Southwestern Historical Quarterly
James D. Cockcroft and John Womack are exemplary) have detailed the
activities of important revolutionary leaders, and have emphasized the value
of regional perspectives on the revolutionary phenomenon. Beezley's book
is a worthy addition to the literature. Its focus is the extent to which the
national revolutionary program was implemented in Chihuahua.
Abraham Gonzalez was instrumental in much of the practical organi-
zation for the revolution launched by the maderistas. As the anti-reelection-
ist governor of Chihuahua, during the interim government of Francisco
Le6n de la Barra, he zealously initiated a comprehensive program of fiscal,
educational, political, and labor reforms in his state. These reforms, con-
sistent with those of Francisco Madero at the national level, were imple-
mented even while the federal administration languished. Gonzalez's politi-
cal demise began once he left Chihuahua to become Minister of Internal
Affairs. Reform legislation was not enforced during his absence, thus cre-
ating a situation in which the Pascual Orozco rebellion flourished.
The best chapters in this monograph are those devoted to Gonzalez's
gubernatorial tenure. As in the Diaz era, the structure of the Madero gov-
ernment relied on the ability of the state governors, and Gonzilez was not
reluctant to employ porfirian methods to accomplish revolutionary aims.
Patronage, autocratic behavior, official paternalism, and favoritism were
characteristic of his regime. Yet his innovations in the taxation and control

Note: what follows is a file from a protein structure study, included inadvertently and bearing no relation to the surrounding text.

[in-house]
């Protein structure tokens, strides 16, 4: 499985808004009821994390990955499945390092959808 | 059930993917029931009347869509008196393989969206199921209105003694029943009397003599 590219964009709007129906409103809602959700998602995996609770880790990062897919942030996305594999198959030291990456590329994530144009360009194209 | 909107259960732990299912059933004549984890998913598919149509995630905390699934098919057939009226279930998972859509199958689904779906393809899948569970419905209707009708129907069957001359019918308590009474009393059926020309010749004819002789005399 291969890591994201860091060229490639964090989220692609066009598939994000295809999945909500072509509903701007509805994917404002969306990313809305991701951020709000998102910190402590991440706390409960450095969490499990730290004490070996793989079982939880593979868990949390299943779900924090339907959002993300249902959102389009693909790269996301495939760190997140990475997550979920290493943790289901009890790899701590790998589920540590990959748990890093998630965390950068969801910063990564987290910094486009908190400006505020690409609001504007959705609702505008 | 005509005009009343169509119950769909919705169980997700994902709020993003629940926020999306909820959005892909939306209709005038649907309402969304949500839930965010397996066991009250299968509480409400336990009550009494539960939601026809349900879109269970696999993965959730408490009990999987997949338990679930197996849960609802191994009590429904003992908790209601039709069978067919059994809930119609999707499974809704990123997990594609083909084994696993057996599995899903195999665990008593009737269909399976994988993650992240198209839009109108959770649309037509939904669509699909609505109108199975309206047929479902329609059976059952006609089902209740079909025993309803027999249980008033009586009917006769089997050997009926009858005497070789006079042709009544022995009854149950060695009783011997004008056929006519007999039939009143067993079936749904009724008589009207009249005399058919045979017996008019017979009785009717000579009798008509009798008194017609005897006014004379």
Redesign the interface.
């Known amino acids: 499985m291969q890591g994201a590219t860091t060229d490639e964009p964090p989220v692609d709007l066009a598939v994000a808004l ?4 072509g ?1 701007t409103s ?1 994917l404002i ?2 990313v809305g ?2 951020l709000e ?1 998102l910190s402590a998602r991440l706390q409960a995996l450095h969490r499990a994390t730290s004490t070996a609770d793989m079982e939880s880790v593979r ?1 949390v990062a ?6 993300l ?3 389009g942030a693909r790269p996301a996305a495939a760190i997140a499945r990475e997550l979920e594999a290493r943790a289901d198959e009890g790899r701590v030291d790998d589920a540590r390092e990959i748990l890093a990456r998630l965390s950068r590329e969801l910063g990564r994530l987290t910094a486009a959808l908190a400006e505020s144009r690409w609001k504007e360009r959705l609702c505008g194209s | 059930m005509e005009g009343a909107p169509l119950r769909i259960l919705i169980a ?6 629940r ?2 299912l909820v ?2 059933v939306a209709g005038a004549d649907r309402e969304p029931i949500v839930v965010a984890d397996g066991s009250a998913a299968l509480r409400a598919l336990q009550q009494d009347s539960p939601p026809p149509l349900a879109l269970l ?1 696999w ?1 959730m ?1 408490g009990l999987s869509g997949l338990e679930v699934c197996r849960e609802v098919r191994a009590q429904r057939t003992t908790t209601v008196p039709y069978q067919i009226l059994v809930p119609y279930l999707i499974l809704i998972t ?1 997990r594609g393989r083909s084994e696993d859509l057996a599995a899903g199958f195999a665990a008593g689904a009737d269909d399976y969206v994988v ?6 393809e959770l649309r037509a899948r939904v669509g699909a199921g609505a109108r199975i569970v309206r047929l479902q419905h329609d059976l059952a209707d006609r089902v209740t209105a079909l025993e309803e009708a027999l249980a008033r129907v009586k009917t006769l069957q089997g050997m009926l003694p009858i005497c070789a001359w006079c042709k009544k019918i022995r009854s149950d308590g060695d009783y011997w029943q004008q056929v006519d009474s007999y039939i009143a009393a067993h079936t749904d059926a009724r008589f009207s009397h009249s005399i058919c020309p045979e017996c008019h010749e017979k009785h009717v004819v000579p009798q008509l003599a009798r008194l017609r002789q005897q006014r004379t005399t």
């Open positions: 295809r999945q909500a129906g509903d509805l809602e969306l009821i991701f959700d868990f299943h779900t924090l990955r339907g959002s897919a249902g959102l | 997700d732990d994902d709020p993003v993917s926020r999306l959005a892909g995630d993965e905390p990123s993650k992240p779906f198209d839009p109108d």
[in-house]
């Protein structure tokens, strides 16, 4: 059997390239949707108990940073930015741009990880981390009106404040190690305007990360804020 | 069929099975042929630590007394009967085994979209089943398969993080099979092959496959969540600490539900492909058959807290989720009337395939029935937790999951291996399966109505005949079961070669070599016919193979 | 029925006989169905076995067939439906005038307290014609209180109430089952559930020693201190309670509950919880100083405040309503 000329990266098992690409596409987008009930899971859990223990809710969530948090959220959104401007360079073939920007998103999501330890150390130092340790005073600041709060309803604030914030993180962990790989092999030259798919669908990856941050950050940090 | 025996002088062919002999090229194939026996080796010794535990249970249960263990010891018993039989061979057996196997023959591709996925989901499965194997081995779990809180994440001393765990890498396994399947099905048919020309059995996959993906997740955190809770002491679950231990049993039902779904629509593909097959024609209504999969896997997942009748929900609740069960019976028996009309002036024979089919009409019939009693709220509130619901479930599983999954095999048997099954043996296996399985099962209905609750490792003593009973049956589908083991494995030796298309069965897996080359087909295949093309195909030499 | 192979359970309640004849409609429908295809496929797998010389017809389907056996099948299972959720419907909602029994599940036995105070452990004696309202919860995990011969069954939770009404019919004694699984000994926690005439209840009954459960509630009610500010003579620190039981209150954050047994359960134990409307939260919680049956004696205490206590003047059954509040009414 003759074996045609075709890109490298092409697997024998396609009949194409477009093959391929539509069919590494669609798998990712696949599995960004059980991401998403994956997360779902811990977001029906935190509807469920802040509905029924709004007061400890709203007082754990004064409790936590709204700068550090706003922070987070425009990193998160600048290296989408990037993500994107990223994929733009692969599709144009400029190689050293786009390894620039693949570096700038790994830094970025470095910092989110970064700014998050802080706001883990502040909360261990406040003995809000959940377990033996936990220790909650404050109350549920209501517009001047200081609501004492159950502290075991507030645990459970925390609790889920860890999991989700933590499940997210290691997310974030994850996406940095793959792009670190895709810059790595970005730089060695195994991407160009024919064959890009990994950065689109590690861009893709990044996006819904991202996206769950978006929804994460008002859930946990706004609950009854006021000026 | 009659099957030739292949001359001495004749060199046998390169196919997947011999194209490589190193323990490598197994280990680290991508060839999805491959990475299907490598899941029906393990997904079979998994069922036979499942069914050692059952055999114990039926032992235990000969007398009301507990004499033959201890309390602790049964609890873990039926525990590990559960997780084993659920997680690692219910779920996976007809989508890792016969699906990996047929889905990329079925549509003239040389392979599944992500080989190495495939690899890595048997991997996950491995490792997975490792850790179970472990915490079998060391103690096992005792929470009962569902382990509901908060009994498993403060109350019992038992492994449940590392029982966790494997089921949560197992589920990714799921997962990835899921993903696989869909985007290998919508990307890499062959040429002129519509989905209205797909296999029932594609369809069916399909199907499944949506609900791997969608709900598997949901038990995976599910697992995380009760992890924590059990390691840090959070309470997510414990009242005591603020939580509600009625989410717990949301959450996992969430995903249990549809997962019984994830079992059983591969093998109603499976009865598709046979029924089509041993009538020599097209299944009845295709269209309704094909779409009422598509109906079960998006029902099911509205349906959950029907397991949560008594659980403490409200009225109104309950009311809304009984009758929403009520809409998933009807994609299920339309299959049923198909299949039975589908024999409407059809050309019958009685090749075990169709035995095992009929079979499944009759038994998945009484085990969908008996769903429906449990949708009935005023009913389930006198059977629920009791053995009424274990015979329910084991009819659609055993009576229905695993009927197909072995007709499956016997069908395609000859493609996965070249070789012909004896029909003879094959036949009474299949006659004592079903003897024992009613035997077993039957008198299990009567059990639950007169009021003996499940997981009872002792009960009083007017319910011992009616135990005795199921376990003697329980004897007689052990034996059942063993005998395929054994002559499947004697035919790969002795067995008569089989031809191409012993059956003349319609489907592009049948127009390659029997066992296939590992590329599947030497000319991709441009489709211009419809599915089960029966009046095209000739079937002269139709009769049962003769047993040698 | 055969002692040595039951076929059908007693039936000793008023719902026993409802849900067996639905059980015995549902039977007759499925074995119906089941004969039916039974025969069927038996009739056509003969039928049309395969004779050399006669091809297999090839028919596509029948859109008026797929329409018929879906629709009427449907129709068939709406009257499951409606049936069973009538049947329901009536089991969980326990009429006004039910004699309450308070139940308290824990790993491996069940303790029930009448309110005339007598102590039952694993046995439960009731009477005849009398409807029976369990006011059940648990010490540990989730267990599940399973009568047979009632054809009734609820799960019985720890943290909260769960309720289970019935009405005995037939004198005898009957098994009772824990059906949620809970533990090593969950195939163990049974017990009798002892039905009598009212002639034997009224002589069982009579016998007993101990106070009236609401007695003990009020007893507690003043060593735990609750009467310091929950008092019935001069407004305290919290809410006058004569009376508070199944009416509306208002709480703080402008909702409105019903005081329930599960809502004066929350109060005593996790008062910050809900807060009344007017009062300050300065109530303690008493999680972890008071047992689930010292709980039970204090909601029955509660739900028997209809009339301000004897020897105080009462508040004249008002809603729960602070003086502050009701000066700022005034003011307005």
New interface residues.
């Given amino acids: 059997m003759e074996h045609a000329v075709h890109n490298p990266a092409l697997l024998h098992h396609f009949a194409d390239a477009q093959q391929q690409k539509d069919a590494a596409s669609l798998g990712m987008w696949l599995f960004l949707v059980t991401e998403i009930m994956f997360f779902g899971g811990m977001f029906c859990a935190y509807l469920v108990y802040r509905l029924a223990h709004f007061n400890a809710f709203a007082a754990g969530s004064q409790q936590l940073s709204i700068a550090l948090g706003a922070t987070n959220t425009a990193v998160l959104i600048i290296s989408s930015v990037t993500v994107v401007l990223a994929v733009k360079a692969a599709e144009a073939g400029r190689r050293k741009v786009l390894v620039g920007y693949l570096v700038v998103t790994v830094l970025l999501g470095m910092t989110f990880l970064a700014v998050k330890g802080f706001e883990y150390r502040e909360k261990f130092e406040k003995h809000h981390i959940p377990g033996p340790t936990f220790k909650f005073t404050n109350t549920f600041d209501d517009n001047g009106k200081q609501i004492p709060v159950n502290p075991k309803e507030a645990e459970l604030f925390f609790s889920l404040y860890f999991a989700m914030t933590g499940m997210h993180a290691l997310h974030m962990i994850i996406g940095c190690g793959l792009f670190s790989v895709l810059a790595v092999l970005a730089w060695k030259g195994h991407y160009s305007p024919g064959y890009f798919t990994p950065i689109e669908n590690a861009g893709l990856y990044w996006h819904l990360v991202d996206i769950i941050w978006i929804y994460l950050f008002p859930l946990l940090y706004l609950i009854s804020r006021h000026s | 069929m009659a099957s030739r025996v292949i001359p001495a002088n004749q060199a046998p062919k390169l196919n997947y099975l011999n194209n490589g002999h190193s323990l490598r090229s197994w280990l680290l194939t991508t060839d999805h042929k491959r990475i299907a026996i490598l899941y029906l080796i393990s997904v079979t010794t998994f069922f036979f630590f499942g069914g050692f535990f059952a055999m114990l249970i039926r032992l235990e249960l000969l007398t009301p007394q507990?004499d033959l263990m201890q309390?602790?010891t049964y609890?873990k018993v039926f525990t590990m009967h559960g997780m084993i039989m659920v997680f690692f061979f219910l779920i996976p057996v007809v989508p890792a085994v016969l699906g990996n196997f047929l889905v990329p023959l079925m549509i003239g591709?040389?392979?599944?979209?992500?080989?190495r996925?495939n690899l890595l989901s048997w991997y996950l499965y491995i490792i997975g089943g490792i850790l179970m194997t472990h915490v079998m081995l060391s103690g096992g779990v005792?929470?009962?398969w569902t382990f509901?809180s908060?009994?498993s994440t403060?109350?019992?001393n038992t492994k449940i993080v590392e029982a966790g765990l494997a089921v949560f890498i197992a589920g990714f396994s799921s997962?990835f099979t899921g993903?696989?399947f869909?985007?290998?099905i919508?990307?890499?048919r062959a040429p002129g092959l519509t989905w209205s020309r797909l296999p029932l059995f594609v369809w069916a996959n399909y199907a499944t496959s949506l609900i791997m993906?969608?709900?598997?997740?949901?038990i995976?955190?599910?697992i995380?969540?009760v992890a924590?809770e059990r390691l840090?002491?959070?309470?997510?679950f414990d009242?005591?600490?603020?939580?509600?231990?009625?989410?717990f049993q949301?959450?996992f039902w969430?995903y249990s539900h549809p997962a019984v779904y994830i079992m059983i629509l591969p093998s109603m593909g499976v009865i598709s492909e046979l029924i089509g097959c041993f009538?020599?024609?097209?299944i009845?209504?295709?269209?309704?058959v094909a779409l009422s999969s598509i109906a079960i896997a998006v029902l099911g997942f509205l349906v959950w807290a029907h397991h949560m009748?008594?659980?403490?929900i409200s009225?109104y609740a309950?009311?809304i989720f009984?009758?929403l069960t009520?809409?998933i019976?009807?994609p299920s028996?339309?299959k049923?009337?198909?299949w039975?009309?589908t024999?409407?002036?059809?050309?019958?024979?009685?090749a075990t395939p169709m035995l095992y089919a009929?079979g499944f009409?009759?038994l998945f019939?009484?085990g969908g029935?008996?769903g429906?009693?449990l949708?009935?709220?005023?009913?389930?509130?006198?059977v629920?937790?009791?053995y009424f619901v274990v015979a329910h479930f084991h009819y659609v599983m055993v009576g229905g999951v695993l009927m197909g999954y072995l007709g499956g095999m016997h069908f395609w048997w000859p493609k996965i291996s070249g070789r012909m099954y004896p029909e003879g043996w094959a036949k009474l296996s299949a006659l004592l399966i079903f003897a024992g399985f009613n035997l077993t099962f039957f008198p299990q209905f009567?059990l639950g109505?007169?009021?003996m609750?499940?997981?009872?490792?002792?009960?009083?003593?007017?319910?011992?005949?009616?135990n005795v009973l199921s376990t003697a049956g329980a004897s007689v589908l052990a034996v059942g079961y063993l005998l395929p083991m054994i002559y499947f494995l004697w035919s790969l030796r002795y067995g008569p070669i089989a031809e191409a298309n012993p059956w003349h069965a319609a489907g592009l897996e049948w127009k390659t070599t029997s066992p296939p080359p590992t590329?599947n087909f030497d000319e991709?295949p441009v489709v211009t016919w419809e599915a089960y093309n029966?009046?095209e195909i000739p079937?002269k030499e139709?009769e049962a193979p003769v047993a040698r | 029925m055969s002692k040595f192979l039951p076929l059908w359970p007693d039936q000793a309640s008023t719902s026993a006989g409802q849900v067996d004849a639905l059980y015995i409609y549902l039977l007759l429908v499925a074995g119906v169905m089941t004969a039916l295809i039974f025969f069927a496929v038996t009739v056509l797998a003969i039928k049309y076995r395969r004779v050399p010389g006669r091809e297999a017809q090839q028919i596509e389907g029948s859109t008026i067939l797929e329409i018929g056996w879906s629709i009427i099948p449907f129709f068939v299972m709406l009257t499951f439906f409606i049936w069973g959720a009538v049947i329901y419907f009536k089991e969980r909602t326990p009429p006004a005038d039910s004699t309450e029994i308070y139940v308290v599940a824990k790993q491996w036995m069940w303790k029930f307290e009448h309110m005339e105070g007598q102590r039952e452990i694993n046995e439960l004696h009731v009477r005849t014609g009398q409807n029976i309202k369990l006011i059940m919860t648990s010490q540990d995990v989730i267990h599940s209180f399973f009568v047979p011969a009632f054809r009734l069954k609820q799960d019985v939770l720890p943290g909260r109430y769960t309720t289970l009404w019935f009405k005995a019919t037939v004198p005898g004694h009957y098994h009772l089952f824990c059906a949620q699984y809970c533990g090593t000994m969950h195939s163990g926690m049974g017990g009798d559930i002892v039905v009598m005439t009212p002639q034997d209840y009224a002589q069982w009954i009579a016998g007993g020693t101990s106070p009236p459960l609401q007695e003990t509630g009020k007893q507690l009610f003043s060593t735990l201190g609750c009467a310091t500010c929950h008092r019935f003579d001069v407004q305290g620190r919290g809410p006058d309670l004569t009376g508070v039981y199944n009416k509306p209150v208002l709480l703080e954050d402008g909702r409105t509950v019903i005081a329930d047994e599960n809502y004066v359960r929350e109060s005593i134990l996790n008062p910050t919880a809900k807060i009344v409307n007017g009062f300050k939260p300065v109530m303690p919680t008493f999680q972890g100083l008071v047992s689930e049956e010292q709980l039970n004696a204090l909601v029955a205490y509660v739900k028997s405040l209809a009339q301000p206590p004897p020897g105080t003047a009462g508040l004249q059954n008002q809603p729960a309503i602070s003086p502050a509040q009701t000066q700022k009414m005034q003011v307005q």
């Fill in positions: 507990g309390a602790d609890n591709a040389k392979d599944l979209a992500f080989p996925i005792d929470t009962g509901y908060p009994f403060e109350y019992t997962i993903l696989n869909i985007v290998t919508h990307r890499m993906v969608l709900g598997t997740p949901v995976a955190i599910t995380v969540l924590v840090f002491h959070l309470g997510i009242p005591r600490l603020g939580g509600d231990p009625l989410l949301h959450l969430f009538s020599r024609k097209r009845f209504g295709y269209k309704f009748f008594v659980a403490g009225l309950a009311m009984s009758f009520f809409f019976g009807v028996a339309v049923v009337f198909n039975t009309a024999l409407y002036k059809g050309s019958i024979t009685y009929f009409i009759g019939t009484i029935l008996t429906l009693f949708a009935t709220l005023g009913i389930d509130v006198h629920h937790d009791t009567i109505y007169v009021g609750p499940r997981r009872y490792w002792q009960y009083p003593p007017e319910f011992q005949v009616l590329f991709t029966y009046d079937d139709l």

of foreign mining companies, the elimination of fraud, and his public rap-
port, were departures from the porfirian style. Beezley demonstrates con-
vincingly that revolutionary change was not an automatic process.
Readers of this book may also be intrigued by the possibility that the
institution of the Mexican governorship, from Reforma through the early
Revolution, could become a viable topic of scholarly research. In which
case continuity, rather than change, might prove to be the proper analytical
University of Rhode Island ANTHONY BRYAN
Unwanted Mexican Americans in the Great Depression: Repatriation
Pressures, 1929-1939. By Abraham Hoffman. (Tucson: University
of Arizona Press, 1974. Photographs, charts, notes. Pp. ix+2o7.
The border between the United States and Mexico is unlike any other in
the world. A product of two wars and one of the longer borders in the
world, it divides two countries vastly different in economic development and
resources. Tremendous population pressures on Mexico and the inability of
Texas State Historical Association. The Southwestern Historical Quarterly, Volume 78, July 1974 - April, 1975. Austin, Texas. The Portal to Texas History. http://texashistory.unt.edu/ark:/67531/metapth117149/. Accessed March 17, 2014.